I pulled three paper backs off the third shelf of our bookcase along the western wall in our living room at 2:00 a.m. this morning. Bodily discomforts of various sorts had awakened me. Sometimes I can return to sleep, but other times my body insists, “Forget sleeping!” My mind was immediately at work on a subject that has been toying with me for a number of days. Reading. What to read, how to read, when to read, and why read — all danced in my thoughts.
Quietly, I shuffled out to the living room, intent on not awakening my Paul. To the bookshelves. Taking the three volumes, I slumped in my leather, La-Z-Boy, covered myself with a blanket, took a colored pencil and a regular pencil, and opened the first book.
Jews and Christians are called “The People of the Book.” The Bible. We wear that label with great pride — both good pride and bad pride, I suppose. Books agitate. Continue reading
Paul and I spent most of Inauguration Day, Friday, January 20, following the events via our online connection which we cast to our “big” screen (a 37 inch flat screen that is not hooked up to use as a TV). Watching “the peaceful transfer of power,” our patriotic spirits were exercised, and we almost felt as if we were there. Almost! Happily, I was curled up in my roomy, warm, upholstered chair. The hubbub, the music, the crowds, the motorcades, the who’s who entrances — all blended to evoke a spirit of belonging — similar to (for me in my simpleness) going to a county fair, but on a huge and impactful scale. This is more than the satisfaction of belonging to a local community or club; on this day, we gratefully sensed our belonging to our country, the United States of America. ( Much of the week end’s madness had not yet happened. I choose not to smudge Friday’s memories with it.)
As I ruminated over the day’s events and words, I asked myself, “And just what is government?” The teens in my Sunday school class and I had discussed this a few weeks before when we were reviewing a period in ancient Israel’s past, the era of the judges, which preceded the kingdom era of King Saul, King David, and King Solomon. In the era of the judges, everyone did what was right in his own eyes (Judges 17:6). I asked my teens, “What is government?” Their only association of the word is with politics — some form of civil government and economic system such as democracy or communism. Hmm. There is something important beneath these ideas, something preceding them.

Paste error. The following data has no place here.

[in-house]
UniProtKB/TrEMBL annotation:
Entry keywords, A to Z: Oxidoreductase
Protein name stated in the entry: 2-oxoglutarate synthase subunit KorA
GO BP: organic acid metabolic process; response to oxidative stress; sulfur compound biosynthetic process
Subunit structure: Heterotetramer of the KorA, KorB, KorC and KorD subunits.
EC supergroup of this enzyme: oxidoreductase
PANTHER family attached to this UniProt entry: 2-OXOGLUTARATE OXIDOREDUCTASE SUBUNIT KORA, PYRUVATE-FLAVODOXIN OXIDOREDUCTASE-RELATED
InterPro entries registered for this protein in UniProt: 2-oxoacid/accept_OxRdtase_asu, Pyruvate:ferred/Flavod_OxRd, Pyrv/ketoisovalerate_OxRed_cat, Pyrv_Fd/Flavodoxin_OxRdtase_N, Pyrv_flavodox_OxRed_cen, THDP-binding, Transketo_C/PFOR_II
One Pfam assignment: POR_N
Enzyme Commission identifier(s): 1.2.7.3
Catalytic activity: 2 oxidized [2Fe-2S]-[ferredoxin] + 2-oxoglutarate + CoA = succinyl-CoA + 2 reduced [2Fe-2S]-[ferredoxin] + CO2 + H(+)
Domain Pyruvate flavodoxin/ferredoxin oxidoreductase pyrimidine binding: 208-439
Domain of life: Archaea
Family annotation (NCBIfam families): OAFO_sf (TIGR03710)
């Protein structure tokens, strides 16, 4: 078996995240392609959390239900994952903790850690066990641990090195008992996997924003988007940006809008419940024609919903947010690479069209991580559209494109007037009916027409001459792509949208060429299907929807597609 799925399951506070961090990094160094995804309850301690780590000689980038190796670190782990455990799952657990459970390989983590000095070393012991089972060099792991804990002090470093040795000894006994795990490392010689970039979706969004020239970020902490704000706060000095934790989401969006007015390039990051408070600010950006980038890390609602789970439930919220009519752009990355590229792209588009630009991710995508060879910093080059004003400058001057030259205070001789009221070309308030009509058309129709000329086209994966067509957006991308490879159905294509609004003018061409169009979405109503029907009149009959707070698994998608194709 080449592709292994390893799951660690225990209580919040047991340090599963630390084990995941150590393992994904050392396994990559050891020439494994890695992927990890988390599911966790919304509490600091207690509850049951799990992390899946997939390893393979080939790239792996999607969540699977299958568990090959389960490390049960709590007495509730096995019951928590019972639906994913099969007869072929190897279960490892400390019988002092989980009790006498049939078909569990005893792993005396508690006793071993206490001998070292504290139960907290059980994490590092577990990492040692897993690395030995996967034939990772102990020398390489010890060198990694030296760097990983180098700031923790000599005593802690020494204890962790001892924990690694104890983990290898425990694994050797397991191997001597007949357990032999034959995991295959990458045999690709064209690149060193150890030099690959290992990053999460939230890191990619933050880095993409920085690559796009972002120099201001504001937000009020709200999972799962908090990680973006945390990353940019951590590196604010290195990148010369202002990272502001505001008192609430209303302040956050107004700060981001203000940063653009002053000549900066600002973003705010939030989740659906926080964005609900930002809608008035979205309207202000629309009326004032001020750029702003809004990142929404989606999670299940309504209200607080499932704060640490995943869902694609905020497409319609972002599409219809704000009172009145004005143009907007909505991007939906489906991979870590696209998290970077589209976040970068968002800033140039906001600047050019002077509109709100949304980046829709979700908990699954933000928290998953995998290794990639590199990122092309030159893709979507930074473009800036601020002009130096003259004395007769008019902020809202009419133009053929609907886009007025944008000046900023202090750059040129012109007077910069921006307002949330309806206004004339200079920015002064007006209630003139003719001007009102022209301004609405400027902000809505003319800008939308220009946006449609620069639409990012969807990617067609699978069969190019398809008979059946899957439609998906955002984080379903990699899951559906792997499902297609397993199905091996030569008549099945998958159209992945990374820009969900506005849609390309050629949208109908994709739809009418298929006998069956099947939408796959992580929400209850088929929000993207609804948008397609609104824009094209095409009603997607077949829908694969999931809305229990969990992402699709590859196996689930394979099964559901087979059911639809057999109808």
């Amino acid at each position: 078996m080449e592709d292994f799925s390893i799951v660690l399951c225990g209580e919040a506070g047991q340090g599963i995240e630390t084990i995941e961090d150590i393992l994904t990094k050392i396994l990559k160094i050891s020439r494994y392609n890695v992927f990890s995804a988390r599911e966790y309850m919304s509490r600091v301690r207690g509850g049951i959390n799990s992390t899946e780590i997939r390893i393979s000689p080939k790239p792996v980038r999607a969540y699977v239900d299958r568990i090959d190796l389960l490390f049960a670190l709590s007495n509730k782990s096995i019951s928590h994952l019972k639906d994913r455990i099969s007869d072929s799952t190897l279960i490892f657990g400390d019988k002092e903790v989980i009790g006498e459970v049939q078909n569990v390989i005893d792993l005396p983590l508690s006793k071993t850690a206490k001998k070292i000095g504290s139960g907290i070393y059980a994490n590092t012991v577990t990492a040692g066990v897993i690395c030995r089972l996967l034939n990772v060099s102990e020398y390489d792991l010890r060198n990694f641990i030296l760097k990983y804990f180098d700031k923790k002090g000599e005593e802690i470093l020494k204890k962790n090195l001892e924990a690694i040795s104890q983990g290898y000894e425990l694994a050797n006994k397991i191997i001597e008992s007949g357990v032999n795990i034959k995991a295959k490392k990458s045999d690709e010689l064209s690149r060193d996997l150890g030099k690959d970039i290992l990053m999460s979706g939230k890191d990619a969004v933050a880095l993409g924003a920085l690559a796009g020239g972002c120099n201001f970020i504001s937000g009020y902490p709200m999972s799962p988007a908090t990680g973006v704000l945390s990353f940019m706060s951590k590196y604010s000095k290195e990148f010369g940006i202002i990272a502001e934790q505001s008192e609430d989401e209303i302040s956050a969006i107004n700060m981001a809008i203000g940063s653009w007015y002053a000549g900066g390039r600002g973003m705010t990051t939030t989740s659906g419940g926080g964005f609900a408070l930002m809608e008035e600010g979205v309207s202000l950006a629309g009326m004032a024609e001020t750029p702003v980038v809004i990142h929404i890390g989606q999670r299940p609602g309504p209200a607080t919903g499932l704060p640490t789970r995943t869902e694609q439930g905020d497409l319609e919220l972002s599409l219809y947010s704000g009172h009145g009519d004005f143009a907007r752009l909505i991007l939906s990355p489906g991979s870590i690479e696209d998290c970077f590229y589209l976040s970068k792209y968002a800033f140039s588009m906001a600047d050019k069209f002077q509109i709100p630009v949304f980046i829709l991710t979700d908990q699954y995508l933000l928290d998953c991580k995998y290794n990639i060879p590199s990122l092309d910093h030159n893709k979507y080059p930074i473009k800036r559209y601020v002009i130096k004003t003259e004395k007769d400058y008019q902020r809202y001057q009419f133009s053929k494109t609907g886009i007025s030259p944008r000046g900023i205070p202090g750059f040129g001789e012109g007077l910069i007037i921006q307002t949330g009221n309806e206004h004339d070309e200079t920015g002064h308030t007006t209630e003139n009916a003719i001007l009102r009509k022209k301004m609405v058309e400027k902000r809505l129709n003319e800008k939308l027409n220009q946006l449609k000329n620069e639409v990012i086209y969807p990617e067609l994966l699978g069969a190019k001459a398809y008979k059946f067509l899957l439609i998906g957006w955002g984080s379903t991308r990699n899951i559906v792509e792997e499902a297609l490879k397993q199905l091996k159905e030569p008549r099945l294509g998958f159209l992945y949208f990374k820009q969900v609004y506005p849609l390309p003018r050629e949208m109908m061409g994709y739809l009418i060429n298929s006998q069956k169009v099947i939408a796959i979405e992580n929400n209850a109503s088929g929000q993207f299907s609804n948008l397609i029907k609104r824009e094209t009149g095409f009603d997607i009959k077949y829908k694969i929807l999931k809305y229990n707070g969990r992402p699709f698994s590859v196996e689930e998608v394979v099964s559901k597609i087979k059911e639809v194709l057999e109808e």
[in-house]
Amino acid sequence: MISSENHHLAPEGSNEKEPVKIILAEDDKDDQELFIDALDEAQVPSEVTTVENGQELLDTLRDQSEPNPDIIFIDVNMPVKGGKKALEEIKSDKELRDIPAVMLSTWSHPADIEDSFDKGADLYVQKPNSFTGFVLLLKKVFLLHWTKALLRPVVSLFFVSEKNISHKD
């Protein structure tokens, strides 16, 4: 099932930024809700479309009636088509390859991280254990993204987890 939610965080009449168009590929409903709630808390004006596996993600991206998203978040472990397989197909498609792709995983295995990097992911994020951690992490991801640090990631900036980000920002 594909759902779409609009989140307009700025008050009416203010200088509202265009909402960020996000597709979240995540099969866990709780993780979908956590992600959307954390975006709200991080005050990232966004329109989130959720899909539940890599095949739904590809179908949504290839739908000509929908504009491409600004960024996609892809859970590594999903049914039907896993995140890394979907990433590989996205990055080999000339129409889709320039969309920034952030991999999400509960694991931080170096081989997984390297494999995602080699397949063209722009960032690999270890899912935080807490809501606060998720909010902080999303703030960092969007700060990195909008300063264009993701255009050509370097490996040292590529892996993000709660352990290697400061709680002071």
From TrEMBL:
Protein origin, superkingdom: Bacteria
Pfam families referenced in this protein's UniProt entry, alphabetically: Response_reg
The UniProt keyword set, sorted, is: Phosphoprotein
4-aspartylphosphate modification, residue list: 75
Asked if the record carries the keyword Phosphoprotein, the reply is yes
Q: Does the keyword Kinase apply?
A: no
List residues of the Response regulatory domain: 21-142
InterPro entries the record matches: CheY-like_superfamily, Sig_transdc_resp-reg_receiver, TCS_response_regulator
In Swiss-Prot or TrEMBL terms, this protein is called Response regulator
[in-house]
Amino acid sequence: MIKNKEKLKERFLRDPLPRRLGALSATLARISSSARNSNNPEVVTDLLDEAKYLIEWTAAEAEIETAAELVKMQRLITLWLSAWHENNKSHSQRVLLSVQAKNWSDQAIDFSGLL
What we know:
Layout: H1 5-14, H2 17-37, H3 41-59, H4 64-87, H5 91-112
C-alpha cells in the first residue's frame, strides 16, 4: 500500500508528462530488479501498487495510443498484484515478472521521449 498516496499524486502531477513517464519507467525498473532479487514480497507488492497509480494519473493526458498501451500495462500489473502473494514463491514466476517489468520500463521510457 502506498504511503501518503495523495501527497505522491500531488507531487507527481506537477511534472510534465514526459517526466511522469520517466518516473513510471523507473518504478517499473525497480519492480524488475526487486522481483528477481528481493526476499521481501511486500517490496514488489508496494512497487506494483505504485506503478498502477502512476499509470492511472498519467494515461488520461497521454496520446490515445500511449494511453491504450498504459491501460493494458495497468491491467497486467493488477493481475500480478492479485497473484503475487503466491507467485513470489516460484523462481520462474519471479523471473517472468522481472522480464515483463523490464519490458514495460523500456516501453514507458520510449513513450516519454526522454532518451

Ready or not, 2017, here we come! Really? That is, 2017 says to us, “Ready or not, hear I come!”
As I’ve thought and prayed over the themes to explore in 2017, I’ve found my mind full of more ideas than I can attempt. I’ve decided on some core focuses which will offer us plenty of space to travel! In this new year, I’ll continue to write one article per post, but I want to add a Pass Along section with each post (or most posts) in which I will highlight a resource: book, magazine, website, store, recipe, or whatever. I’ve been posting once month, but I may try twice a month.
Here are our core focuses as I presently understand that they should be for 2017: Continue reading
It’s time again to say, “Merry Christmas!” That is, “A God-blessed Christmas to you!” In recent months I’ve written about the glory of Northern California with its mountains, Redwood trees, and the Smith River. I’ve written about my dangerous adventure in that river in contrast to the “peace like a river” described in Scripture. We’ve explored Psalm 136, the giving of thanks, and the exclamation of hallelujah. As the Christmas season culminates, this is a good time to look at Psalm 1 (as I promised) and think about trees. D. L. Moody so apply noted, “All the Lord’s trees are evergreen.” Continue reading
Psalm 150:1 exudes, “Hallelujah!” That is, “Praise the Lord!” “Boast in God!” This is a good introduction to the Psalm that I want to consider at this Thanksgiving season: Psalm 136.